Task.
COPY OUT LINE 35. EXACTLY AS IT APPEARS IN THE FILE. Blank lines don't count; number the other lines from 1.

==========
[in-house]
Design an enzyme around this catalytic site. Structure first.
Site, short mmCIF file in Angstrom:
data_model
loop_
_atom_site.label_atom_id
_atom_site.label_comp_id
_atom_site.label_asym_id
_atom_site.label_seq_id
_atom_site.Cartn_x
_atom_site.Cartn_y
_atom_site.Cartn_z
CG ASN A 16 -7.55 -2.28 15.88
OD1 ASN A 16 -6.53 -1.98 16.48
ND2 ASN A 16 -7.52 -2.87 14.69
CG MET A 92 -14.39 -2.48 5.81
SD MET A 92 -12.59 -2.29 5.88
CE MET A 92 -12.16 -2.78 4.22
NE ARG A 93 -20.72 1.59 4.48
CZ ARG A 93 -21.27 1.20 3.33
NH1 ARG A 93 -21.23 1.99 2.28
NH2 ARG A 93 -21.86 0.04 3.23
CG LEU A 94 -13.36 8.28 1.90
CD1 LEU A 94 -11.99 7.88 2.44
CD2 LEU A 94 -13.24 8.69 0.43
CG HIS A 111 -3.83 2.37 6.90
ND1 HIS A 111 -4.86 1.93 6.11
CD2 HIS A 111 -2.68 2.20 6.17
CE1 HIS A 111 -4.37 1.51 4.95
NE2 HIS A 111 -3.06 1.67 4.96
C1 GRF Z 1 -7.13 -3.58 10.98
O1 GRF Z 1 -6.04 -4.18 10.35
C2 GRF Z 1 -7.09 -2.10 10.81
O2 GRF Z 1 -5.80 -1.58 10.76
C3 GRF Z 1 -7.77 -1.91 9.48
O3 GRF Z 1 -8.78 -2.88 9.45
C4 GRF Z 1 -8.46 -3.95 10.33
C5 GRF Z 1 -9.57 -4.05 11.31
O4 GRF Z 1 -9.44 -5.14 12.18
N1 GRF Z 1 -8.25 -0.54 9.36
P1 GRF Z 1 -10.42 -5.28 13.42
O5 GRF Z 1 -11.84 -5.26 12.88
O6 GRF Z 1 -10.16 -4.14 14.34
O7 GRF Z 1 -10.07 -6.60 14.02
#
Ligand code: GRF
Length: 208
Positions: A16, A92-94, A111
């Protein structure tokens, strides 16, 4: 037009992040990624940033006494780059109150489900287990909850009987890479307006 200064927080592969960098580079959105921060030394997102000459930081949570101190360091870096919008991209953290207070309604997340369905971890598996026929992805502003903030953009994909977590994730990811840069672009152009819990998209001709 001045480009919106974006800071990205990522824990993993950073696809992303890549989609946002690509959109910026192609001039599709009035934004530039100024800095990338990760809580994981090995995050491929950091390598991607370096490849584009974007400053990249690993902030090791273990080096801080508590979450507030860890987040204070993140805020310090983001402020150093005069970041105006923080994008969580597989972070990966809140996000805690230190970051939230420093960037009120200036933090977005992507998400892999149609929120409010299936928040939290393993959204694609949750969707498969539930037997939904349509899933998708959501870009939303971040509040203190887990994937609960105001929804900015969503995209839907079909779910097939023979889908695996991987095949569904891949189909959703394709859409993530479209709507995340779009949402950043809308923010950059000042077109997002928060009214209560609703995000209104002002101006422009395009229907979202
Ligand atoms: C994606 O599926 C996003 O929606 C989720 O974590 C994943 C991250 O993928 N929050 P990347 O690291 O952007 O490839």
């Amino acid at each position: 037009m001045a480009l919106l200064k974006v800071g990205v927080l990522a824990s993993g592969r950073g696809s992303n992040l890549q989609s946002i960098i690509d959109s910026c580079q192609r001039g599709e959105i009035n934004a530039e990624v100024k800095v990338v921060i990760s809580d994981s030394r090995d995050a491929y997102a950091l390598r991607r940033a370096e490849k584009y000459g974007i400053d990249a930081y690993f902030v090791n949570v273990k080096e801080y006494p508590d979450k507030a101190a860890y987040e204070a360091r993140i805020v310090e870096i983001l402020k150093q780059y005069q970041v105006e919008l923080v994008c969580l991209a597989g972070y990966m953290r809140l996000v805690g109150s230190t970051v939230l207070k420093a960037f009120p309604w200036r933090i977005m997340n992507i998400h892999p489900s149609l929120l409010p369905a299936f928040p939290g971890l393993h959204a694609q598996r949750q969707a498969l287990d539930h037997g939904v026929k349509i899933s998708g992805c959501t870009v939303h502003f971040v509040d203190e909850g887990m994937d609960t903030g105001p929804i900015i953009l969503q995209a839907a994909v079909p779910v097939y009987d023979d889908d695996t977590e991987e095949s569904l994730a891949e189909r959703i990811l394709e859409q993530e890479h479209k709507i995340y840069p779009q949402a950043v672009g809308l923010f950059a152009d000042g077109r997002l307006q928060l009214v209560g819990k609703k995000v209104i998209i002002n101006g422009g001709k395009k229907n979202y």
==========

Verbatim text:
C3 GRF Z 1 -7.77 -1.91 9.48